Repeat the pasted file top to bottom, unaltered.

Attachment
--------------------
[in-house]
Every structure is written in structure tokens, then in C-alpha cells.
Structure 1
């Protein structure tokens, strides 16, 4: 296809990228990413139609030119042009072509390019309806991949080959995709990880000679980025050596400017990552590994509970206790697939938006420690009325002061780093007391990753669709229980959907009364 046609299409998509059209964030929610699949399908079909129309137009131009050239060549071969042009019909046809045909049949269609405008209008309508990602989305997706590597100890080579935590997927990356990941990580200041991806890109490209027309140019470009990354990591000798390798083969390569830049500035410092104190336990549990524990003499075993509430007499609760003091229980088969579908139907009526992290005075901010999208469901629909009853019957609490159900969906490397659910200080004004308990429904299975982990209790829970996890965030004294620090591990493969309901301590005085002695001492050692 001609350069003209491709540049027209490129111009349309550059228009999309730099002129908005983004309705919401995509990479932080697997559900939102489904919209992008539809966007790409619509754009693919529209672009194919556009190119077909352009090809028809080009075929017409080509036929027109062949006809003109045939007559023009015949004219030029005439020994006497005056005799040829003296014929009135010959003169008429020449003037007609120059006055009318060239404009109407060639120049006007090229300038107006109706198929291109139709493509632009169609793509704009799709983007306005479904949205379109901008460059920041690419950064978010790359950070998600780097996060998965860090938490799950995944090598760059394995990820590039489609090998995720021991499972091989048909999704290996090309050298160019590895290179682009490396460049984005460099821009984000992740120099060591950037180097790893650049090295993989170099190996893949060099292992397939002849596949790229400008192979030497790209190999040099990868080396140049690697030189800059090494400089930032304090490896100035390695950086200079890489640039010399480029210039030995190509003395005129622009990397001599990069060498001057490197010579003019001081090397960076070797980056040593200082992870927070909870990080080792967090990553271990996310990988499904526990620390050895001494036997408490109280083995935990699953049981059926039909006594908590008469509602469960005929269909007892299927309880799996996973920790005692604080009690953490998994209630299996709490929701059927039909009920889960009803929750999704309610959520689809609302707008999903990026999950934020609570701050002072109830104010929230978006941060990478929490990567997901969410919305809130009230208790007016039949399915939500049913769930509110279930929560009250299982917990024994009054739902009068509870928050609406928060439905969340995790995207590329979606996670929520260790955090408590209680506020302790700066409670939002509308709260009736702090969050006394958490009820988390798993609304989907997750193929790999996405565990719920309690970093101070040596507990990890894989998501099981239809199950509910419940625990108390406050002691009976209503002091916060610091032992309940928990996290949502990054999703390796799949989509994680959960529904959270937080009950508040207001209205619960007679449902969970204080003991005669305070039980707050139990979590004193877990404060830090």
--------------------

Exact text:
[in-house]
Every structure is written in structure tokens, then in C-alpha cells.
Structure 1
């Protein structure tokens, strides 16, 4: 296809990228990413139609030119042009072509390019309806991949080959995709990880000679980025050596400017990552590994509970206790697939938006420690009325002061780093007391990753669709229980959907009364 046609299409998509059209964030929610699949399908079909129309137009131009050239060549071969042009019909046809045909049949269609405008209008309508990602989305997706590597100890080579935590997927990356990941990580200041991806890109490209027309140019470009990354990591000798390798083969390569830049500035410092104190336990549990524990003499075993509430007499609760003091229980088969579908139907009526992290005075901010999208469901629909009853019957609490159900969906490397659910200080004004308990429904299975982990209790829970996890965030004294620090591990493969309901301590005085002695001492050692 001609350069003209491709540049027209490129111009349309550059228009999309730099002129908005983004309705919401995509990479932080697997559900939102489904919209992008539809966007790409619509754009693919529209672009194919556009190119077909352009090809028809080009075929017409080509036929027109062949006809003109045939007559023009015949004219030029005439020994006497005056005799040829003296014929009135010959003169008429020449003037007609120059006055009318060239404009109407060639120049006007090229300038107006109706198929291109139709493509632009169609793509704009799709983007306005479904949205379109901008460059920041690419950064978010790359950070998600780097996060998965860090938490799950995944090598760059394995990820590039489609090998995720021991499972091989048909999704290996090309050298160019590895290179682009490396460049984005460099821009984000992740120099060591950037180097790893650049090295993989170099190996893949060099292992397939002849596949790229400008192979030497790209190999040099990868080396140049690697030189800059090494400089930032304090490896100035390695950086200079890489640039010399480029210039030995190509003395005129622009990397001599990069060498001057490197010579003019001081090397960076070797980056040593200082992870927070909870990080080792967090990553271990996310990988499904526990620390050895001494036997408490109280083995935990699953049981059926039909006594908590008469509602469960005929269909007892299927309880799996996973920790005692604080009690953490998994209630299996709490929701059927039909009920889960009803929750999704309610959520689809609302707008999903990026999950934020609570701050002072109830104010929230978006941060990478929490990567997901969410919305809130009230208790007016039949399915939500049913769930509110279930929560009250299982917990024994009054739902009068509870928050609406928060439905969340995790995207590329979606996670929520260790955090408590209680506020302790700066409670939002509308709260009736702090969050006394958490009820988390798993609304989907997750193929790999996405565990719920309690970093101070040596507990990890894989998501099981239809199950509910419940625990108390406050002691009976209503002091916060610091032992309940928990996290949502990054999703390796799949989509994680959960529904959270937080009950508040207001209205619960007679449902969970204080003991005669305070039980707050139990979590004193877990404060830090």